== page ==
used to prepare significant accounting estimates.


Knowledge about the design and implementation of relevant internal control should be used to

identify types of misstatement that could occur.
The auditor is NOT required to assess operating EFFECTIVENESS during the PLANNING stage of audit.


In considering whether the SERVICE AUDITOR'S report is satisfactory for the USER AUDITOR

The user auditor should make INQUIRES concerning the service auditor's reputation.


Obtaining an understanding of an internal control invovles

evaluating the DESIGN of the control and determining whether the control has been IMPLEMENTED


Test of controls are performed when

a. the auditor's risk assessment is based on the assumption that controls are operating EFFECTIVELY
b.when substantive procedures alone are INSUFFICIENT (
i.e. when the entity makes extensive use of info technology.)


Tests of the operating effectiveness of control include the following: inquires, observation, inspection and reperformance

To obtain audit evidence about control risk, an auditor ordinarily selects tests from a variety of techniques, including inquiry, observation, inspection and reperformance.

The auditor should use a combination of procedures to obtain sufficient evidence of operating effectiveness
a. inquiry alone is NOT sufficient
b. observation is generally pertinent only at the point in time when it is made

As the planned level of reliance on the operating effectiveness of a control increases, the auditor should obtain MORE reliable or more extensive audit evidence.


The objective of test of DETAILS used as tests of controls is to evaluate whether an internal control operating effectively.

The objective of tests of details of transactions performed as substantive tests is to detect material misstatement in the F.S


Inquiry alone generally will NOT support a conclusion for a lower assessed level of control risk

a. observation by the auditor provides More assurance than audit evidence obtained by inquiry alone
b. Prior audits may be considered by the auditor in assessing control risk in the current audit
c. an audit of F.S is a cumulative process.


For certain relevant assertions and risks, ONLY SUBSTANTIVE PROCEDURES will be performed. This occurs when control risk is assess at MAXIMUM because

1. there are NO effective control relative to the specific assertion
2. the implemented controls are assessed as ineffective or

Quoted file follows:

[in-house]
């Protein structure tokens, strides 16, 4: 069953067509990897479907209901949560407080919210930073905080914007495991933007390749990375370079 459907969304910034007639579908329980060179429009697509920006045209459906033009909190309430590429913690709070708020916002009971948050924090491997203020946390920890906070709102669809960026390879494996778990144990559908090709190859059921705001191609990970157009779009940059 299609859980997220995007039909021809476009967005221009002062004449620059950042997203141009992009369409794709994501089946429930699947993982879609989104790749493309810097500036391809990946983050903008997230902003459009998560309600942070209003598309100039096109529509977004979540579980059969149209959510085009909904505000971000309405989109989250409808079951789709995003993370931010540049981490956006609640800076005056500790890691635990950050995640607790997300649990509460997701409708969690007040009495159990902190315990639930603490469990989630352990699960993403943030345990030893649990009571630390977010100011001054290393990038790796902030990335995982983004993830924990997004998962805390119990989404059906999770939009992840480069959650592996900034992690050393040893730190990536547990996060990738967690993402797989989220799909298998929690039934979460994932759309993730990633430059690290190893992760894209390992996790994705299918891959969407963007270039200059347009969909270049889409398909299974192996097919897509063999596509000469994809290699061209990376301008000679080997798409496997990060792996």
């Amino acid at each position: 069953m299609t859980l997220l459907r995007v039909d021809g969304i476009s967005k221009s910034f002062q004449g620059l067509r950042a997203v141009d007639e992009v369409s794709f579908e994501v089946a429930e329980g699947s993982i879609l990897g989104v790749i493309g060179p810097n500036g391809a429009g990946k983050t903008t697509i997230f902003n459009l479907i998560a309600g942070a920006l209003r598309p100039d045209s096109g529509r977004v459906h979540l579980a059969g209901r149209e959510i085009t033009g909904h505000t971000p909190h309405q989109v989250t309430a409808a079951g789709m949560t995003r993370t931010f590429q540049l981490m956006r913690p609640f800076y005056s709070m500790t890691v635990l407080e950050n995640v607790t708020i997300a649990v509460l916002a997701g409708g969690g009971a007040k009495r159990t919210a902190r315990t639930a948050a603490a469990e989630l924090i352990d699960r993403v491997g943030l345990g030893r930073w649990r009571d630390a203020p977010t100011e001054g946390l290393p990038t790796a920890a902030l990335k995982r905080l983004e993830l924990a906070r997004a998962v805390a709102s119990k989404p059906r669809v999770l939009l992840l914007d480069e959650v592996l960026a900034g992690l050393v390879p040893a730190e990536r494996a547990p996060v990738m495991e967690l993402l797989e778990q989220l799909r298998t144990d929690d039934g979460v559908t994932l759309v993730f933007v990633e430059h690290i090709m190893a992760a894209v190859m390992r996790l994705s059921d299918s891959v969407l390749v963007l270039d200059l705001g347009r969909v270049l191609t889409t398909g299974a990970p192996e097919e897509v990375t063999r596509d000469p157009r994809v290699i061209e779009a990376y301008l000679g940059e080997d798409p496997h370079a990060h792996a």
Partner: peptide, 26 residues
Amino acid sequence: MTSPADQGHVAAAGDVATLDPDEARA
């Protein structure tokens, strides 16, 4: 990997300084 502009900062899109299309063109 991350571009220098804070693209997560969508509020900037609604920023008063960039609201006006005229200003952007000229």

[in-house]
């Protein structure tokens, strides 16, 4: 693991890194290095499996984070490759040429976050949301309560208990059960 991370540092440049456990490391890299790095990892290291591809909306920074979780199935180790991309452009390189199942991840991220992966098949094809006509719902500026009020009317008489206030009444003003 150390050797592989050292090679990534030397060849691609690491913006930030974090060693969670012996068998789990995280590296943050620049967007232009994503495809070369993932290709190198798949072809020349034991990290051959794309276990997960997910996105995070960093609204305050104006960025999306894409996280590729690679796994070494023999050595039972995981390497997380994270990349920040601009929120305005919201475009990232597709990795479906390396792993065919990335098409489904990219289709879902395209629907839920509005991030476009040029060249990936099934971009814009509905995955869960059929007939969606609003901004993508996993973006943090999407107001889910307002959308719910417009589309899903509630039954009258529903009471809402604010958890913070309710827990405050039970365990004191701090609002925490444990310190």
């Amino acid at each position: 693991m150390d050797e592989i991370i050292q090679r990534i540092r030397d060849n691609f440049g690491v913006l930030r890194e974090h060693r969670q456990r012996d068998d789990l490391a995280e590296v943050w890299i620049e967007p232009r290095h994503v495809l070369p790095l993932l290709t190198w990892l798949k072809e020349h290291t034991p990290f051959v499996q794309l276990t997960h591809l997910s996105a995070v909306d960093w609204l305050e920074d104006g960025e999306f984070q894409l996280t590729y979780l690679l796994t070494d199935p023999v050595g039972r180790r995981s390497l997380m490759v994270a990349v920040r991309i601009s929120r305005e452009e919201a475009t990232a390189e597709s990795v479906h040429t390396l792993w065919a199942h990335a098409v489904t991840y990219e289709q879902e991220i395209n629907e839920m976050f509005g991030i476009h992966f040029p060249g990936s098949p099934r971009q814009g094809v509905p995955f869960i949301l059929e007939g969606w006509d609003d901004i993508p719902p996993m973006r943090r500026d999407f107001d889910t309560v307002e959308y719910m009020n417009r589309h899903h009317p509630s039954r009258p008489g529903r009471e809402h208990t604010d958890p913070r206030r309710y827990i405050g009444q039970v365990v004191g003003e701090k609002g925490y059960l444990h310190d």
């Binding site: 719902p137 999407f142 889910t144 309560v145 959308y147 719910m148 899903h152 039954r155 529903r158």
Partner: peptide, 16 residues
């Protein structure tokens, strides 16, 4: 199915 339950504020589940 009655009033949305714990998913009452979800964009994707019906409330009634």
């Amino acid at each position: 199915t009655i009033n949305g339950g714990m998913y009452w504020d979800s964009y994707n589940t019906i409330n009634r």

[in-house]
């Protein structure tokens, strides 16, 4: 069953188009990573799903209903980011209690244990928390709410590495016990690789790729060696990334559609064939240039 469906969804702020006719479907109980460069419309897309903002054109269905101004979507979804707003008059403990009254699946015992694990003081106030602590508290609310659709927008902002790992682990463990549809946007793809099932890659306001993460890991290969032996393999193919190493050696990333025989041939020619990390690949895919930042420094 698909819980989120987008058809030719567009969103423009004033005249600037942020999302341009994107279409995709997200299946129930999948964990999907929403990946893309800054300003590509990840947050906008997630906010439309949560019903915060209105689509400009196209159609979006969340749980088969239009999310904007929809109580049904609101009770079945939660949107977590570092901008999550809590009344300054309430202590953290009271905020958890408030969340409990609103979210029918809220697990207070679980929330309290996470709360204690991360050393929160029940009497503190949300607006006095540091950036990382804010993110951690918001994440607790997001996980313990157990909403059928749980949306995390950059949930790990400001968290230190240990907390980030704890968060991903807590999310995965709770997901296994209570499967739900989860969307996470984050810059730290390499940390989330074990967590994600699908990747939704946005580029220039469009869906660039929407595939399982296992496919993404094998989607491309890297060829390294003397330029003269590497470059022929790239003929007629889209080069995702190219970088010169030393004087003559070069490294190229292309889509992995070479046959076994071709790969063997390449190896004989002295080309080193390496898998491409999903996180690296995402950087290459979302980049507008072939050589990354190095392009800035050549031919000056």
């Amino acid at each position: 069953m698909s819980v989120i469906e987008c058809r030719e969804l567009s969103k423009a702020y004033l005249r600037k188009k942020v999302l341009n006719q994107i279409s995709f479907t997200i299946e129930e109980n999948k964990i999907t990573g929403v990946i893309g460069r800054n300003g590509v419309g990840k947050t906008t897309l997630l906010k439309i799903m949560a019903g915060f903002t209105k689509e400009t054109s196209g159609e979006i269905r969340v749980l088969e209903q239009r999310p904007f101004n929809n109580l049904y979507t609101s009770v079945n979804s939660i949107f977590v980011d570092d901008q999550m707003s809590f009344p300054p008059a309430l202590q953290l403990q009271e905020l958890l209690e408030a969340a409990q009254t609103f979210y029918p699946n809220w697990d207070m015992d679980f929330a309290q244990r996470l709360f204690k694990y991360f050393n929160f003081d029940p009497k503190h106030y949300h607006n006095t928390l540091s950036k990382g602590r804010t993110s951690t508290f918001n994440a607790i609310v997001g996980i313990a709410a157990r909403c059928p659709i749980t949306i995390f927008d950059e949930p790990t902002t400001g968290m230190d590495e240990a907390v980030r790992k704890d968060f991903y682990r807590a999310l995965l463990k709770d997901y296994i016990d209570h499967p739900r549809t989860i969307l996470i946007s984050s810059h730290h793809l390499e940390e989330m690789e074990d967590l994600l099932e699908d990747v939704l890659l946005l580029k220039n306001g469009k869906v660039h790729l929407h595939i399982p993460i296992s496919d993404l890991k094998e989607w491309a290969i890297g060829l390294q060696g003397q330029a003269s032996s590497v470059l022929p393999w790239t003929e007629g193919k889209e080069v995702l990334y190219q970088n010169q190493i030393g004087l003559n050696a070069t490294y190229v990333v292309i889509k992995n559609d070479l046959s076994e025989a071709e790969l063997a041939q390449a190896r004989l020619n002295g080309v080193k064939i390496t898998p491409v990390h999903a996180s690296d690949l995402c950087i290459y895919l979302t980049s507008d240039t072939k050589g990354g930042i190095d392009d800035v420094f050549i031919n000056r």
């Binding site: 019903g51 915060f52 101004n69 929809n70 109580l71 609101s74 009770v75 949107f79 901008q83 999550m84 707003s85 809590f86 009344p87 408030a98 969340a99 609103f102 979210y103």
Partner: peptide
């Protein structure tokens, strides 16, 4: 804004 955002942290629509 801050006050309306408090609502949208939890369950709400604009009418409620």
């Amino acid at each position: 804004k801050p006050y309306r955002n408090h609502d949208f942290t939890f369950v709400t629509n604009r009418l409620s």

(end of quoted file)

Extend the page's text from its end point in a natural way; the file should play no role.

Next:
3. it would NOT be efficient to test the operating effectiveness of controls.

For 1+2, it means there were NO strong controls to rely upon
For 3, COST/BENEFIT relationship, which means DO NOT test "controls" if ineffective at reducing substantive testing ( IF it would take less TIME or be more efficient to perform substantive tests than it would to perform tests of controls, and it there is no other reason to test controls(i.e if there is not a high degree of electronic processing) the auditor WOULD NOT be likely to test control.


As part of understanding internal control, an auditor is NOT required to obtain knowledge about the operating effectiveness of control

an auditor required to
1. consider factors that affect the risk of material misstatement
2. identify the types of potential misstatement that can occur
3. ascertain whether internal control has been implemented
4. evaluating the design of the control


To obtain audit evidence about control risk, an auditor usually selects tests from a variety of techniques, including:
inquiry, observation, inspection and reperformance

Among the four techniques,
1. Observation of client personnel is the one most likely to provide an auditor with THE MOST ASSURANCE about the EFFECTIVENESS of the operation of an internal control. This technique is especially effective for controls that leave little or no audit trail.
2. inquiry of client personnel can provide some evidence about the effectiveness of the operation of internal control, but auditor's direct observation provides more assurance than does inquiry.